Lateral Collateral Ligament Sprain and Injury

Written by Amber Erickson Gabbey | Published on June 29, 2012
Medically Reviewed by George Krucik, MD

What Is a Lateral Collateral Ligament Injury?

The lateral collateral ligament (LCL) is the ligament located in the knee joint. Ligaments are thick, strong bands of tissue that connect bone to bone. The LCL runs along the outside of the knee joint, from the outside of the bottom of the thighbone (femur) to the top of the lower-leg bone (fibula). The LCL helps keep the knee joint stable, especially the outside of the joint.

An injury to the LCL could include straining, spraining, and partially or completely tearing any part of that ligament. The LCL is one of the more commonly injured ligaments in the knee (Orthogate, 2006). Because of the location of the LCL, it is common to injure the LCL in conjunction with other ligaments in the knee.

What Causes LCL Injury?

The main cause of LCL injuries is direct force to the inside of the knee. This puts pressure on the outside of the knee, where the LCL is located, and causes it to stretch or tear.

Symptoms of LCL Injury

Symptoms of an LCL injury can be mild or severe, depending on the severity of the sprain or whether or not it is torn. If the ligament is mildly sprained, you may not have any symptoms at all. For a partial tear or complete tear of the ligament, your symptoms may include:

  • swelling in the knee
  • stiffness in the joint (potentially locking while moving)
  • pain or soreness on the outside of the knee
  • instability in the knee joint, feeling like it is going to give out

Diagnosing LCL Injury

To diagnose an LCL injury, your doctor will begin by examining your knee, looking for swelling. He or she will also move your knee in various directions to determine where your pain is and how severe your symptoms are.

If your doctor is concerned the ligament is torn, you may undergo imaging tests like X-rays or MRIs that will allow them to see inside the knee.

Treating LCL Injuries

The treatment options for LCL injuries will depend on the severity of the injury and your lifestyle.

For minor injuries, treatment may include:

  • splinting
  • applying ice
  • elevating the knee above the heart
  • taking a pain reliever
  • limiting physical activity until pain and swelling are gone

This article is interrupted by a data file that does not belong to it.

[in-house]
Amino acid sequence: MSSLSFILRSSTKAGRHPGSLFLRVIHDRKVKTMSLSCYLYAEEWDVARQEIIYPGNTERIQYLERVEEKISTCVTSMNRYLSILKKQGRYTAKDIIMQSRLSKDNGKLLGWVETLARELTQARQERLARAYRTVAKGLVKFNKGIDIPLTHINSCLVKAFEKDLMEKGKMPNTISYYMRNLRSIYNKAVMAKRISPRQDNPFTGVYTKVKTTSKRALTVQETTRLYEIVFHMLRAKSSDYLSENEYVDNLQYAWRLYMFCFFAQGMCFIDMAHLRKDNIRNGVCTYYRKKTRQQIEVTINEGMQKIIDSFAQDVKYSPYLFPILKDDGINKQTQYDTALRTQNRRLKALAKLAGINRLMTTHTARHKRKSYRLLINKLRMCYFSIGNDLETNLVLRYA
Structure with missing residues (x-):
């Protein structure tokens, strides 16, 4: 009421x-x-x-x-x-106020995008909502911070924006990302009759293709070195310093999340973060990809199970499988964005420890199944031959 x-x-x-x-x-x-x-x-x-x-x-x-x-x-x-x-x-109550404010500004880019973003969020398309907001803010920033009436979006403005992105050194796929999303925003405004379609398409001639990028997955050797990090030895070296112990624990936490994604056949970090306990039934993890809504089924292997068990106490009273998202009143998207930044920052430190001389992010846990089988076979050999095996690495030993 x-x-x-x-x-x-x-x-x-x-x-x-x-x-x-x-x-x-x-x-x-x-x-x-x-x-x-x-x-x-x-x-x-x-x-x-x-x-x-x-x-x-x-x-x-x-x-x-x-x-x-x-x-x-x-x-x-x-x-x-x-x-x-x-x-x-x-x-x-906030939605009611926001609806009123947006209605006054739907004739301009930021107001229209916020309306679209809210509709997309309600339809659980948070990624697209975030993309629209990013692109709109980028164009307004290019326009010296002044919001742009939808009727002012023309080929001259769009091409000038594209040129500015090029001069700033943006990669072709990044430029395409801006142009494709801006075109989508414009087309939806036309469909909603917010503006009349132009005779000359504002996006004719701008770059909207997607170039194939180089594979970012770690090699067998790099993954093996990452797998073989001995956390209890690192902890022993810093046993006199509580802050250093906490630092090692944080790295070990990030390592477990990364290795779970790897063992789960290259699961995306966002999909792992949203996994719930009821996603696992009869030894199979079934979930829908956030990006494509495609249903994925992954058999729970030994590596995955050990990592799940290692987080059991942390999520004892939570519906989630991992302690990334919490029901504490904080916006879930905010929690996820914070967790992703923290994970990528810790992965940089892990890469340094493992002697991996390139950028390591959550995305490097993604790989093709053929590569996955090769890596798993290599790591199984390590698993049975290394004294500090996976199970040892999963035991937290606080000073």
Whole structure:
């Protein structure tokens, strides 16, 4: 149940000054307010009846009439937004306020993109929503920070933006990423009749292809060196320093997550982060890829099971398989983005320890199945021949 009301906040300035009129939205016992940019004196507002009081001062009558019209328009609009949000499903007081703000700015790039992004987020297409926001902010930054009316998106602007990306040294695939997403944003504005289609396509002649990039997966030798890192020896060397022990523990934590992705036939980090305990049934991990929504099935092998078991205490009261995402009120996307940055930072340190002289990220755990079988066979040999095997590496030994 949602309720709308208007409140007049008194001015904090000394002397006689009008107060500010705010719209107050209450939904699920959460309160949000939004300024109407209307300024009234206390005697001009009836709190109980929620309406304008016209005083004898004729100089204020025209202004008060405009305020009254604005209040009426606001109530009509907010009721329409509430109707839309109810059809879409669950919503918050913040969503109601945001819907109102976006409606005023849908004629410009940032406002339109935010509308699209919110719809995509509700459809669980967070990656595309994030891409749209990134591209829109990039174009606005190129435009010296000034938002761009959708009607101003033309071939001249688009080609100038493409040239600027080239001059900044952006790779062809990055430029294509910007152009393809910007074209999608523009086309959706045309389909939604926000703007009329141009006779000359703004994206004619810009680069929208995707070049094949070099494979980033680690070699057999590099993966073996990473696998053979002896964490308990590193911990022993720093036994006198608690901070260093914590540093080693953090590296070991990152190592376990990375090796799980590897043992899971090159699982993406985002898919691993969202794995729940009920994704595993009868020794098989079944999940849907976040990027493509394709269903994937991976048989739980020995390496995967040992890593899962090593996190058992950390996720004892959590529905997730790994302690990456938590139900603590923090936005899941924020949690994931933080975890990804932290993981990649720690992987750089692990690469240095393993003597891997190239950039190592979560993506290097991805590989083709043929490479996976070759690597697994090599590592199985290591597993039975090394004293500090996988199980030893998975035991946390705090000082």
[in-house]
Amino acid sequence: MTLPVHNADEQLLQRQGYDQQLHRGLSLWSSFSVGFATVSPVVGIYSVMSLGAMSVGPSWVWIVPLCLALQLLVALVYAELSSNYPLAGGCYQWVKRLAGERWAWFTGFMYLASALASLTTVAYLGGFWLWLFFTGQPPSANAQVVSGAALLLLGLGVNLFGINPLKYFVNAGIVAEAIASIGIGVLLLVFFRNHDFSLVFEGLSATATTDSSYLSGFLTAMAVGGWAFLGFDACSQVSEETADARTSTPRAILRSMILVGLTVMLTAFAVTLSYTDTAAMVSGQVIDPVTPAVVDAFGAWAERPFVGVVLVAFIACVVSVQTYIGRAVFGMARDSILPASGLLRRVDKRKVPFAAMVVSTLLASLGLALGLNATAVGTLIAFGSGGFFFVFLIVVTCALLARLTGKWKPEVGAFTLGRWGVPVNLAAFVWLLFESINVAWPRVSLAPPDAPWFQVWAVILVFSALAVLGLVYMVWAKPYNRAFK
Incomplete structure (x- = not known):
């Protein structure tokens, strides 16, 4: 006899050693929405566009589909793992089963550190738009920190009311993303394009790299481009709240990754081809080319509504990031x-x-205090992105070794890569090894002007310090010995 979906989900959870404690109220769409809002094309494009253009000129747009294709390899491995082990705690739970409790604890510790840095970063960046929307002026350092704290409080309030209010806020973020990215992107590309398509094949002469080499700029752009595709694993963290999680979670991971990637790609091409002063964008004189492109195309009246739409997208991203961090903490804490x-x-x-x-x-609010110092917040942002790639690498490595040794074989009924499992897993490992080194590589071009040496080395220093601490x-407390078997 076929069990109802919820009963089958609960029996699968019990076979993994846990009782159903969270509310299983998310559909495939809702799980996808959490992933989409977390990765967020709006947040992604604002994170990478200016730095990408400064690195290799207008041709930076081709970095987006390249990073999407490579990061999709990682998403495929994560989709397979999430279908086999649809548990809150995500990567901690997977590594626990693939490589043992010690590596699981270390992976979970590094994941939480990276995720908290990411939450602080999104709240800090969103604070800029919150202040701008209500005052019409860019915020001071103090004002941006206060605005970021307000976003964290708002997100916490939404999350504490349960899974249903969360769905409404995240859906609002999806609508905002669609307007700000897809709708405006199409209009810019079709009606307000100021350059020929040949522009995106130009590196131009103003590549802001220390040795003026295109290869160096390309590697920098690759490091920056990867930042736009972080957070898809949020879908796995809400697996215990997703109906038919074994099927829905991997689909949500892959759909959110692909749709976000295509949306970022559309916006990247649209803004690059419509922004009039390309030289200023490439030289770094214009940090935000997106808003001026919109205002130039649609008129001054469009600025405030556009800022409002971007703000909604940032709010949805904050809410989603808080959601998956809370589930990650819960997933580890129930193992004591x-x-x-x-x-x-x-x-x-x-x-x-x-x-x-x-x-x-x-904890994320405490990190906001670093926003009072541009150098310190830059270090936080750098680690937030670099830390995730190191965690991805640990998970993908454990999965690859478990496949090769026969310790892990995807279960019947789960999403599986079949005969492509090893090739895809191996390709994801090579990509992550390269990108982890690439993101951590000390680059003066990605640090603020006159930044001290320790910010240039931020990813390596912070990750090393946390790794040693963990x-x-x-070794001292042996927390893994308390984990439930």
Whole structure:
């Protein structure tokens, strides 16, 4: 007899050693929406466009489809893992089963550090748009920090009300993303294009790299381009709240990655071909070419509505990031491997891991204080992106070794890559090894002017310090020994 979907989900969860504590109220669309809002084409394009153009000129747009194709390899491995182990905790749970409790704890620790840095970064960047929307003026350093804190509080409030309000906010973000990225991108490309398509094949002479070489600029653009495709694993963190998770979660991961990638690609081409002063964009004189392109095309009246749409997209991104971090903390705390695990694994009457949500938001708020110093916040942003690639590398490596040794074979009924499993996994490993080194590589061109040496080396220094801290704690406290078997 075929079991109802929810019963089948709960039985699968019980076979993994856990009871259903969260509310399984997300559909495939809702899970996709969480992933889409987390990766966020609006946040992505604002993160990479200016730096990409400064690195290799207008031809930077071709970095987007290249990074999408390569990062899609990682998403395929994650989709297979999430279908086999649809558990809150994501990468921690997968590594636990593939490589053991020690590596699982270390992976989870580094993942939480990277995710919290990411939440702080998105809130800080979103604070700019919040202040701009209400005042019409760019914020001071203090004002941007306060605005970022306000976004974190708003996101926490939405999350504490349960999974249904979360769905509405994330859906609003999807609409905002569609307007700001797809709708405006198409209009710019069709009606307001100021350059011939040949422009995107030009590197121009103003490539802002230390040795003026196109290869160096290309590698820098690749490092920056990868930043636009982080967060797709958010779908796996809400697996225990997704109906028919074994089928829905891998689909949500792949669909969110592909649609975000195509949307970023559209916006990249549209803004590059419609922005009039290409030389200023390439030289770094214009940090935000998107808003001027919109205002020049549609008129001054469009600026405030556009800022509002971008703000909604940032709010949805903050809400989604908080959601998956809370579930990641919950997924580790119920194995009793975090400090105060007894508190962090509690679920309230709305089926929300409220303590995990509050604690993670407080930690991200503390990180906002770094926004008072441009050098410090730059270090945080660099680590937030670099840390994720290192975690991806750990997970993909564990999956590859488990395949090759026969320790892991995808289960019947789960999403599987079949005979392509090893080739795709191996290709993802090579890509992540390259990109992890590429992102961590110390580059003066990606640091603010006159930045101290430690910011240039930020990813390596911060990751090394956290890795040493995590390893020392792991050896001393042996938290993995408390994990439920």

• using a brace and/or crutches to protect the knee
  • physical therapy/rehabilitation to strengthen and regain range of motion

In more severe injuries, treatment may also include physical therapy (PT)/rehabilitation or surgery. PT is used to strengthen and regain range of motion. Surgery may include ligament repair or reconstruction.

Injuries to only the LCL usually aren’t treated with surgery. However, the LCL is often injured in conjunction with other ligaments in the knee. In these cases, surgery is likely needed.

LCL Injury Healing and Outlook

For minor injuries, the ligament may heal without any issue. However, it is important to note that if the ligament was stretched, it may never regain its prior stability. This means that it is more likely that the knee will be somewhat unstable and could easily be injured again. The joint could become swollen and sore simply from physical activity or minor injury.

For those with a major injury who do not have surgery, the joint will most likely remain unstable and easily injured. You may not be able to do physical activities that require repetitive use of the knee, including running, climbing, or biking. Pain could result from minor activities like walking or standing for extended periods. You may have to wear a brace to protect the joint during physical activity.

For those who have surgery, the outlook will depend on the severity of the original injury and the surgical procedure. Generally, you will have improved mobility and stability after the joint is completely healed. You may have to wear a brace or limit physical activities in the future to help prevent reinjuring the knee.

In knee injuries involving more than just the LCL, treatment and outlook may be different, as those injuries could be more severe.

Preventing LCL Injury

It is difficult to prevent knee ligament injuries because they are often a result of an accident or unforeseen circumstance. However, several preventative measures could help minimize the risk of a knee ligament injury, including:

  • using proper technique and alignment when doing physical activities, including walking
  • stretching regularly to maintain good range of motion in the body
  • strengthening the muscles of the upper and lower legs to help stabilize the joint
  • using caution when playing sports where knee injuries are common (soccer, football, etc.)
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